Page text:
In just over five minutes, Boston College sees golden opportunity turn to disaster

Boston College’s Johnny Gaudreau put the Eagles in front early, but the failure to convert on a five-minute power play proved to be costly (photo: Melissa Wade).

PHILADELPHIA — When you’ve enjoyed the kind of sustained success that Boston College has, you expect to take advantage of your golden opportunities. You’ve done it time after time, year after year. It’s become an institutional way of life, almost as ingrained as getting up in the morning and going to bed at night.

So when the Eagles went on a five-minute major power play in the third period, trailing 3-2, the thinking had to be: Here’s our shot; maybe two goals to take the lead, but at least one.

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The expectation seemed reasonable and not just because past Eagles teams had seized such opportunities en route to national championships. This year’s BC power play ranked fifth in the nation, converting on more than 24 percent of chances. It featured, among others, the nation’s top two scorers, almost-certain-to-be-crowned Hobey Baker Award winner Johnny Gaudreau and Kevin Hayes.

Maybe two goals; at least one.

Instead, Union’s penalty kill rose to the challenge, blocking shots and cutting off passing lanes during arguably the five most important minutes of the season. In the end, it allowed only eight attempted shots and three shots on goal in the five minutes.

Three shots on goal over a five-minute major? By one of the top power plays in the country?

“We were just kind of out of sync there and not everyone was on the same page, maybe trying to force stuff too much,” Bill Arnold said. “You can’t do that against a good penalty kill.”

Another senior on the power play, Patrick Brown, gave credit to the Union penalty kill.

“They’re a great shot-blocking team,” he said. “I was net front and I couldn’t even see the puck because they had two or three guys in the lane every time.

“But we didn’t create enough movement, get pucks to the net around them. Credit to them. They played unbelievable.”

As the critical power play wound down, the thoughts of BC partisans went from maybe two goals to take the lead to we better get at least one.

But the one never came.

And then disaster struck.

Four seconds after the pivotal five-minute major advantage expired, BC turned the puck over and Kevin Sullivan raced in on goaltender Thatcher Demko. Demko made the save, but then BC compounded the error of the turnover when both defenders followed Sullivan past the goal line, leaving Mike Vecchione all alone in front to bury the biggest nail in Boston College’s coffin.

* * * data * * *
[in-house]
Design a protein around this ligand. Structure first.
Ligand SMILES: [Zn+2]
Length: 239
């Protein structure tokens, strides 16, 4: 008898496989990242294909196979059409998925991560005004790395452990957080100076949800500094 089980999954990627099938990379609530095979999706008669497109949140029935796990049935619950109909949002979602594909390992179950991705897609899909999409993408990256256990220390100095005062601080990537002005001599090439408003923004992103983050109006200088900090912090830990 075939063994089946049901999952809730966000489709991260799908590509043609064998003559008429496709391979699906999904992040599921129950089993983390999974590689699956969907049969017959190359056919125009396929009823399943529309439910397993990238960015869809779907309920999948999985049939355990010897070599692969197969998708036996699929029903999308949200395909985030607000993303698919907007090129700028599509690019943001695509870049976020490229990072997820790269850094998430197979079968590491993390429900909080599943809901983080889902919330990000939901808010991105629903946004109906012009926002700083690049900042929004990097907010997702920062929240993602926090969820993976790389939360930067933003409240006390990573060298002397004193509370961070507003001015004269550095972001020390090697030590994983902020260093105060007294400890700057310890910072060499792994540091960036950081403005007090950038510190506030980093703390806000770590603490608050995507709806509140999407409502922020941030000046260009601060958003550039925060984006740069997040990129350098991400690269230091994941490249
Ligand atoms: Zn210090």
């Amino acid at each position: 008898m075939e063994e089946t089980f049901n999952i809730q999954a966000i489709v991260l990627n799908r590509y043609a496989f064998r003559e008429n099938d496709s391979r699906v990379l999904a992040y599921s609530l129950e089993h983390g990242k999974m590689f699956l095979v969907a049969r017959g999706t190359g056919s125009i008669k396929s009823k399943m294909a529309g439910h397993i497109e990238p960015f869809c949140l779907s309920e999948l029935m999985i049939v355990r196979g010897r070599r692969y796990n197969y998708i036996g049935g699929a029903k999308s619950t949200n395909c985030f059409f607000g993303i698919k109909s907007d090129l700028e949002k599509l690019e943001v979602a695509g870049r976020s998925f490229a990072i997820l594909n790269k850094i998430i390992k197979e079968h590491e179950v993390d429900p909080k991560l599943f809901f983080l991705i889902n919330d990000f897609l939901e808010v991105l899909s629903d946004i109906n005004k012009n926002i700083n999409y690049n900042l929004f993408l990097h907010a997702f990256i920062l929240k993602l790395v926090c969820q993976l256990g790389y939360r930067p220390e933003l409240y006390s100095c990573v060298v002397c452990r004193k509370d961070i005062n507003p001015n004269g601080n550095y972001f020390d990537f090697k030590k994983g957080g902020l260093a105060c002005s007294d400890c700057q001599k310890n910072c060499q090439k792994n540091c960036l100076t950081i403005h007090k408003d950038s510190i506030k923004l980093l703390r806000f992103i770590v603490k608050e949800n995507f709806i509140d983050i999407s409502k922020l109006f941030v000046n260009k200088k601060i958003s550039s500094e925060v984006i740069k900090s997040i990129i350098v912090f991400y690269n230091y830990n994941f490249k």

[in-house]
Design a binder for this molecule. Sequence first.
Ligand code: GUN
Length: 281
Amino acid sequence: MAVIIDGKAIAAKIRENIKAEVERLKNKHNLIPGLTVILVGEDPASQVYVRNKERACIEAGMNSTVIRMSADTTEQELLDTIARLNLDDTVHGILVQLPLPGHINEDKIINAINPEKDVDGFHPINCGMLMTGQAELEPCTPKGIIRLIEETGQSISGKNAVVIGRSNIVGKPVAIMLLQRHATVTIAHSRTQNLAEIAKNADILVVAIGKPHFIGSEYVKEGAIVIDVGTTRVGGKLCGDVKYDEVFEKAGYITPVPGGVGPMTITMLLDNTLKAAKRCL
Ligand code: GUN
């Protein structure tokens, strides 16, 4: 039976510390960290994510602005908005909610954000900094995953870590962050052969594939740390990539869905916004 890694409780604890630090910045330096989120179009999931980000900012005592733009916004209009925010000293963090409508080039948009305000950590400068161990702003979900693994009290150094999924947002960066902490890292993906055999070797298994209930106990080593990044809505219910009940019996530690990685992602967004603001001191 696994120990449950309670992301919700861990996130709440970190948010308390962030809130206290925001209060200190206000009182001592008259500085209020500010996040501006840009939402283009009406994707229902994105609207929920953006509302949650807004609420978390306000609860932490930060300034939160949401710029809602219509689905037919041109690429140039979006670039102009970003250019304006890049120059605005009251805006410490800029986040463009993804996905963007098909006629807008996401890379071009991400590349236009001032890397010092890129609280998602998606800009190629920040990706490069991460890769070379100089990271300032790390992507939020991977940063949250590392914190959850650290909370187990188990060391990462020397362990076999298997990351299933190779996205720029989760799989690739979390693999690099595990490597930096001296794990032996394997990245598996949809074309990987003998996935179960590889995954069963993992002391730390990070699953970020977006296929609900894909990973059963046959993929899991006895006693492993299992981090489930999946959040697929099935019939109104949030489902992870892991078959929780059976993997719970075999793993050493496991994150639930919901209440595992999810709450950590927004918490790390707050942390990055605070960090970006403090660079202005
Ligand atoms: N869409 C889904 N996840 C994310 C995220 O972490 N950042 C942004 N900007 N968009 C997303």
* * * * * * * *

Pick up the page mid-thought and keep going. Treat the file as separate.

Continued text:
From maybe two to at least one to oh, no; oh, no; oh, no.

In some respects, a three-goal swing.

It was the haymaker that ultimately decided the contest, but though the blow staggered Boston College, it still showed the stuff of a heavyweight champion, picking itself up off the canvas, bloodied but not yet counted out.

“You have to try not to get frustrated,” Arnold said. “Coach called a timeout there. It starts with him; he’s our leader. He stayed calm and kept us on point.”

Indeed, Boston College coach Jerry York got the Eagles going again.

“I thought there was plenty of time left in the game,” he said. “Clearly there was because we got back to within one goal. And I really thought we had a chance to tie it up there in the fleeting moments of the hockey game. So the game’s never over.”

The Eagles scored an extra-skater goal with 1:45 remaining to close the gap to 4-3 but surrendered an empty-netter 36 seconds later. Even down by two again, however, the heavyweight champion climbed off the canvas again, scored with 4.2 seconds remaining and, still standing, still battling, actually got a credible shot off before the final buzzer.

The game’s never over.

But then the game was over. The game, the season, and for several Boston College Eagles players, their collegiate careers.

“We’ve been on the other side of an awful lot of trophies,” York said. “This particular senior class has done an incredible job for us. I’m very, very proud of them.

“But my hat’s off to Union. They made some plays tonight that resulted in a win.”